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These 10 US cities account for 33% of the nation’s residential real estate

These 10 US cities account for 33% of the nation’s residential real estate

A new report found New York is No. 1, with other big cities like LA in contention
By Dennis Lynch | August 29, 2018 01:30PM

The value of all residential real estate in New York City is equivalent to the gross domestic product of France.

That surprising — though not astonishing — statistic was among the findings in LendingTree’s new report. It ranks 50 U.S. cities by overall residential value alongside the gross domestic product of comparable nations around the world.

The report found that more than one third of the country’s $28.4 trillion in residential real estate value is concentrated in 10 American cities. Besides New York, Los Angeles, Chicago and Miami all ranked in the top 10.

New York City, tops LendingTree’s list with a total residential real estate value of $2.55 trillion. A distant second was Los Angeles, with $2.18 trillion, which is the equivalent to Brazil’s GDP. L.A. does best New York in median house value though: $622,000 compared to $454,000.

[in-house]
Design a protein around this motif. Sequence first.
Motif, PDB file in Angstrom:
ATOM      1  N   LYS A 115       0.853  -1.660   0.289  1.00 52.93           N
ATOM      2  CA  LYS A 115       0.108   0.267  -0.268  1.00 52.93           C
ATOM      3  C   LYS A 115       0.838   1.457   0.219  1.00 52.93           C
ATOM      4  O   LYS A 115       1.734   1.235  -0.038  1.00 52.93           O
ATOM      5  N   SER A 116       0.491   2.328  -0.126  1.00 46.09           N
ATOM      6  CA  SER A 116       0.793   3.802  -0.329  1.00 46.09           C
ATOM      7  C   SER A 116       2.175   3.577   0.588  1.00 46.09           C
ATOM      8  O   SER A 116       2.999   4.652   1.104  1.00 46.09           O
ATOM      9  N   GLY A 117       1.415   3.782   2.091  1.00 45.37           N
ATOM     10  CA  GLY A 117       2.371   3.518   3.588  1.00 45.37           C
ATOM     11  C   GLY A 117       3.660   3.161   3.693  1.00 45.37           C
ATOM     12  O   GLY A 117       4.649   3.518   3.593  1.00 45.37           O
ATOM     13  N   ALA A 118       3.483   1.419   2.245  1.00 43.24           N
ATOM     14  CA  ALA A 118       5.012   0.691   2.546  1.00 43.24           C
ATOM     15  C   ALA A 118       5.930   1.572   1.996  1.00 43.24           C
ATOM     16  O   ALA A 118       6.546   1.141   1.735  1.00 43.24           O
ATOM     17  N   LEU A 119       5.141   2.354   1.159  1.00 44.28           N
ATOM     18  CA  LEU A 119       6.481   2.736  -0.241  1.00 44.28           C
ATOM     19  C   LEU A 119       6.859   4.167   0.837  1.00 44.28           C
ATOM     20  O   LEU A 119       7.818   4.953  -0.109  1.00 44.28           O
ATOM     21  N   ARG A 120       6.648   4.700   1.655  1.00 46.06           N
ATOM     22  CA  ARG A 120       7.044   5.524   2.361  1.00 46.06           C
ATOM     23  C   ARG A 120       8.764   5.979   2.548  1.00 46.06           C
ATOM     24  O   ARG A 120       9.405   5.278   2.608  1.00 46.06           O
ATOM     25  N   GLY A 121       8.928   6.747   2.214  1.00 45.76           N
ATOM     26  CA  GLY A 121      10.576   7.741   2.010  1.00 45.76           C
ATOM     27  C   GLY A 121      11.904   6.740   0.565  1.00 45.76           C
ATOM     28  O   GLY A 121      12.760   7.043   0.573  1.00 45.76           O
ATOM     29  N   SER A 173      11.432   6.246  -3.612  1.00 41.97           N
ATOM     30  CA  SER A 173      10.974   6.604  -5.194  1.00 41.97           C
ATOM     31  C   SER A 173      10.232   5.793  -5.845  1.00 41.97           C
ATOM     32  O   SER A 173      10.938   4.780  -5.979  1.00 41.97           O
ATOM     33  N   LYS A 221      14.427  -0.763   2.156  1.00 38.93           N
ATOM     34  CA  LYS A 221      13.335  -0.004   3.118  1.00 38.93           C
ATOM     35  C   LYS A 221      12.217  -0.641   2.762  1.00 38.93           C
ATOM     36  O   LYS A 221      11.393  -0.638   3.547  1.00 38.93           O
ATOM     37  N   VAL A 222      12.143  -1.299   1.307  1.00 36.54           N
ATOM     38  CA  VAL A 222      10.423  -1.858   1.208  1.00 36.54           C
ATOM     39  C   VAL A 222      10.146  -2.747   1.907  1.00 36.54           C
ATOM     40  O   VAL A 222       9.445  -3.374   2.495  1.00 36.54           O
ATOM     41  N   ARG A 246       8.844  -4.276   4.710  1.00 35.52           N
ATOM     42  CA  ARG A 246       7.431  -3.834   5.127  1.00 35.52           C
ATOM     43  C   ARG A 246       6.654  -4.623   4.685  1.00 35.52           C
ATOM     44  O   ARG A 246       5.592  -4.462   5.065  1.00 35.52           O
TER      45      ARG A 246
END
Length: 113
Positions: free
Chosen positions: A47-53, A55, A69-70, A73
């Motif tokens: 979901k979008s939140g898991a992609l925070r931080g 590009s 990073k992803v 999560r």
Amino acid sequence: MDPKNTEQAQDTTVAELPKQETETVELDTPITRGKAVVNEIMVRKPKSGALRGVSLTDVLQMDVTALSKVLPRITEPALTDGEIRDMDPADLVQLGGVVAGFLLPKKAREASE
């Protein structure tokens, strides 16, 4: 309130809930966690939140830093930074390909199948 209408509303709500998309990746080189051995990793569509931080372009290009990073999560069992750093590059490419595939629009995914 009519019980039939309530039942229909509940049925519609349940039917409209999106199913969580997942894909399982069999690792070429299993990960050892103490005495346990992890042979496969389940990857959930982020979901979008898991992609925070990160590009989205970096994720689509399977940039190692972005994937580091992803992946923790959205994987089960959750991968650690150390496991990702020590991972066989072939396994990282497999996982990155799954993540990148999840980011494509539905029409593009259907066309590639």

California is the only state to have more than one city in the top 10. San Francisco follows at No. 3 on with $1.25 trillion in total value, which is equal to Mexico’s GDP. San Jose, the heart of Silicon Valley, rounds out the top 10 with $535 billion in total value. It’s also the only city in the top 50 with a median home value over $1 million.

Chicago’s $813 billion in residential value makes it the fourth most valuable city and comparable to oil giant Saudia Arabia. Miami ranks seventh in the nation with $648 billion in total value, roughly the equivalent of Argentina.

Home values across U.S. metropolitan cities are generally trending upward, but homes in some cities are seeing eye-popping rise.

It’s not surprising that San Jose’s median home value is over $1 million. Homes there were gaining around $800 in value per day as of this spring, the fastest appreciation in the country, according to one report.

In turn, buyers are faced with the decision to look elsewhere, and possibly far from their workplace. Or, they must spend a bigger share of their income on their home. First-time buyers needed nearly 23 percent of their income to afford a home, according to a second-quarter report. That was a slight rise over the preceding three-month period.


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